10 of 11

Round out your cyber security knowledge

It's easy enough to practice the basics of a good privacy hygiene routine on your own, but you can get additional help too. Following these steps and scheduling time to refresh all of your login info will get you most of the way there, but you can also get a little extra credit.

Most major internet service providers come with basic anti-virus and anti-malware software for free, but you can also buy security software and services such as Norton or Bitdefender. Beyond that, there are many different ways you can follow advice from tech-experts, hackers themselves, and other privacy experts—keep up with the latest updates and articles on digital privacy, and you'll have a head start when there's a privacy breach or fresh concern.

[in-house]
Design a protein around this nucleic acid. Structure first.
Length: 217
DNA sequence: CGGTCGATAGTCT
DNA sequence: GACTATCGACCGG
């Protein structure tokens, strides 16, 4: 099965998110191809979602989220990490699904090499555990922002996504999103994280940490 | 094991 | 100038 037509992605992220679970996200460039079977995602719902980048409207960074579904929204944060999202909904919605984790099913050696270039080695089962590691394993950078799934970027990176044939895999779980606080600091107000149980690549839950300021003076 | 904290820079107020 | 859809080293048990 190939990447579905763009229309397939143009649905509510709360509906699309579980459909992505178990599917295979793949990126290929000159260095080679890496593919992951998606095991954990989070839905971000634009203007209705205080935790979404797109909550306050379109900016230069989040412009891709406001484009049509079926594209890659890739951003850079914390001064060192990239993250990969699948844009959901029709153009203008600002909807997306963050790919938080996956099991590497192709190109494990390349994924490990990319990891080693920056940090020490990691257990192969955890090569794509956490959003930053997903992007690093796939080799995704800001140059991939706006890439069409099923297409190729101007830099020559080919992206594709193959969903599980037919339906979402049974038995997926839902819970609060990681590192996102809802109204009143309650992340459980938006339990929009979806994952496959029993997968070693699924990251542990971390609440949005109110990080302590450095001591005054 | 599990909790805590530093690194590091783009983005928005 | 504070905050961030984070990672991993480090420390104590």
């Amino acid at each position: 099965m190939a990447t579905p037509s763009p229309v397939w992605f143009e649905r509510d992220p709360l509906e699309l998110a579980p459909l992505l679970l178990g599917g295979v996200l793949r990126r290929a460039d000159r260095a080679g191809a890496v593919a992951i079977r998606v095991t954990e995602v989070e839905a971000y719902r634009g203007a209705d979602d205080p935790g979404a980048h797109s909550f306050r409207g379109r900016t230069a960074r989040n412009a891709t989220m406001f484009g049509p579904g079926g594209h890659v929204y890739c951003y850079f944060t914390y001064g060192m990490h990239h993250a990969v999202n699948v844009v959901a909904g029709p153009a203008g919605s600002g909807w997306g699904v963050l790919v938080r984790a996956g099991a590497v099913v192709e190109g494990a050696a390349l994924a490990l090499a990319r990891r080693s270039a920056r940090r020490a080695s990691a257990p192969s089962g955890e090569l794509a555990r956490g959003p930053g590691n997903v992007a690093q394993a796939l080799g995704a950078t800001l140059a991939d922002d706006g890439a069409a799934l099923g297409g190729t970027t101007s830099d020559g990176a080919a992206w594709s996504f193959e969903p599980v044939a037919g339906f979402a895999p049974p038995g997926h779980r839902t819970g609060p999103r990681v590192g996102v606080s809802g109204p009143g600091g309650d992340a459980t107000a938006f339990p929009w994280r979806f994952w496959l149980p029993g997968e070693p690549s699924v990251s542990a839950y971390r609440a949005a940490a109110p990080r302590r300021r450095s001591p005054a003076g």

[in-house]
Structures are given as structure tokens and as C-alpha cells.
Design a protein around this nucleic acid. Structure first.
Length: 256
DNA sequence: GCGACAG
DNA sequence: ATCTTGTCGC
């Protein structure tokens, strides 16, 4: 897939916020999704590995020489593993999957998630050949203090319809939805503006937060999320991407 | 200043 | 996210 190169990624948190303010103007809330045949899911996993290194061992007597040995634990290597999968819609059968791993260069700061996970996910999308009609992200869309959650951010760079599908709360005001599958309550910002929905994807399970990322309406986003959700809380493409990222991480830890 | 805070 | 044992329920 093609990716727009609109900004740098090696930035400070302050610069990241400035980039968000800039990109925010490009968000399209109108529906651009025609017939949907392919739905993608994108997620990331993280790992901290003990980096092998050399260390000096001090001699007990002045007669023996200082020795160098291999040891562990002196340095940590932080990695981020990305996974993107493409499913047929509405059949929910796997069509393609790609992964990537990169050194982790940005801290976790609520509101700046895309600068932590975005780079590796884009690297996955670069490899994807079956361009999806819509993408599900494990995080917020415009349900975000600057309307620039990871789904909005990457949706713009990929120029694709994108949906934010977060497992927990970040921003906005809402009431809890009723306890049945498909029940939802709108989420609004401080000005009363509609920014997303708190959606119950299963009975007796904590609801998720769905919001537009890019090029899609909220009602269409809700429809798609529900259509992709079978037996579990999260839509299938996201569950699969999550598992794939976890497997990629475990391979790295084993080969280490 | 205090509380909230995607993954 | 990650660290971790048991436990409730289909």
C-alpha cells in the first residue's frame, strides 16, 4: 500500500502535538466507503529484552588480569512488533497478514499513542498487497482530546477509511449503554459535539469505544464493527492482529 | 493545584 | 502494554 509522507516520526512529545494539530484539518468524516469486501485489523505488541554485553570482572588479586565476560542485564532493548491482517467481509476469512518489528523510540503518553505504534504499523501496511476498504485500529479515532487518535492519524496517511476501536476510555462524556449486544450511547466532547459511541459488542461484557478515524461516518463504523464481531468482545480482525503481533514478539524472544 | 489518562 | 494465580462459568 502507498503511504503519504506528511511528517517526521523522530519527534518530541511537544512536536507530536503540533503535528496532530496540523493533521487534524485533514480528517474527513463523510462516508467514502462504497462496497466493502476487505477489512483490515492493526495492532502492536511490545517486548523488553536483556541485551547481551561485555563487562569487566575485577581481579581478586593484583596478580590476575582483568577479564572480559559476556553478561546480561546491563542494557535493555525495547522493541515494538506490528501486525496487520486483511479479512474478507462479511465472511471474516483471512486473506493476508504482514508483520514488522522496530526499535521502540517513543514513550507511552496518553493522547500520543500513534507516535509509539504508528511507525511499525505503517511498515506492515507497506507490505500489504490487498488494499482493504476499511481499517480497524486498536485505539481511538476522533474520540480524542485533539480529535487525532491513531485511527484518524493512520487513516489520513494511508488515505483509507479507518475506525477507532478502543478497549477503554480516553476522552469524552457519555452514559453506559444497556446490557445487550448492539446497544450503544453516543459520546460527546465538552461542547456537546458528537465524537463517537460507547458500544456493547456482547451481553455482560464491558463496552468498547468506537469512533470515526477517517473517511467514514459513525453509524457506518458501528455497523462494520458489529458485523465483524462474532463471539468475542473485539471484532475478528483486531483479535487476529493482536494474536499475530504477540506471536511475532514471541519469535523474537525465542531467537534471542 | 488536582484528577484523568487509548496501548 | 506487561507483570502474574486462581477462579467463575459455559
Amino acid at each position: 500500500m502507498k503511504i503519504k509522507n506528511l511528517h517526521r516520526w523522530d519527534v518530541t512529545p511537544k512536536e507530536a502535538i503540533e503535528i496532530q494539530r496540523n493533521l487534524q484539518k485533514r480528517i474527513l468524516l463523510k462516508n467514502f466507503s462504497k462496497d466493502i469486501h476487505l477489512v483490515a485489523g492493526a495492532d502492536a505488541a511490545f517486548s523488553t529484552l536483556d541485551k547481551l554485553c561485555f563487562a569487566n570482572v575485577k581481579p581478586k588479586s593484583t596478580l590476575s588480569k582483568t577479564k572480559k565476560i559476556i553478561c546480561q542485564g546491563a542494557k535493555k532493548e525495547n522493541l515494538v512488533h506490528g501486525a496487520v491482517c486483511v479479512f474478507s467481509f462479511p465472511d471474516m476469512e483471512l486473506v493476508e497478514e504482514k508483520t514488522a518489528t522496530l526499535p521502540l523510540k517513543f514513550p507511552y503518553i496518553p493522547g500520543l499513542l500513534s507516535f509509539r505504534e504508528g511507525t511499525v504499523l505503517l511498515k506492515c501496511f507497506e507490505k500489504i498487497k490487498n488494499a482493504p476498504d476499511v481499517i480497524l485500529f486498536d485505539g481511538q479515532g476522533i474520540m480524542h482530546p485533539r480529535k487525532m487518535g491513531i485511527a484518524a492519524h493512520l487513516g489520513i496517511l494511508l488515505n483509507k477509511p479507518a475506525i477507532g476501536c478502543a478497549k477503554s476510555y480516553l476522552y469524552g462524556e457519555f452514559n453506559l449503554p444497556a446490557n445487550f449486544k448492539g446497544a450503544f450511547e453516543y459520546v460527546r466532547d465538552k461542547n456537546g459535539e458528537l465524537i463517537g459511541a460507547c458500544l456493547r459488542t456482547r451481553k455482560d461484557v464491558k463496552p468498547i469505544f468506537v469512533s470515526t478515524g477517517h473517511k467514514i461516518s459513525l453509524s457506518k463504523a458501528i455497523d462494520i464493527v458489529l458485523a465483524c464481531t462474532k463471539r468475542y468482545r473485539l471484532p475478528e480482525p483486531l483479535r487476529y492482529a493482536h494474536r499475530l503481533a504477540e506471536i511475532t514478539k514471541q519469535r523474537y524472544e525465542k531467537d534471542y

11 of 11

Make it work for you

Getting your cyber hygiene routine down requires that you be invested in it. Dive in as deep as you want, but make sure you're covering the fundamentals first. If you want to start simple, change your passwords on major accounts, especially the ones you use to sign onto others. This includes email and social media, too. You'll also want to update any financial or medical account information regularly. Even if you're switching multiple passwords every few months, you're better off than folks who haven't updated their only password for years.

Was this page helpful?
Related Articles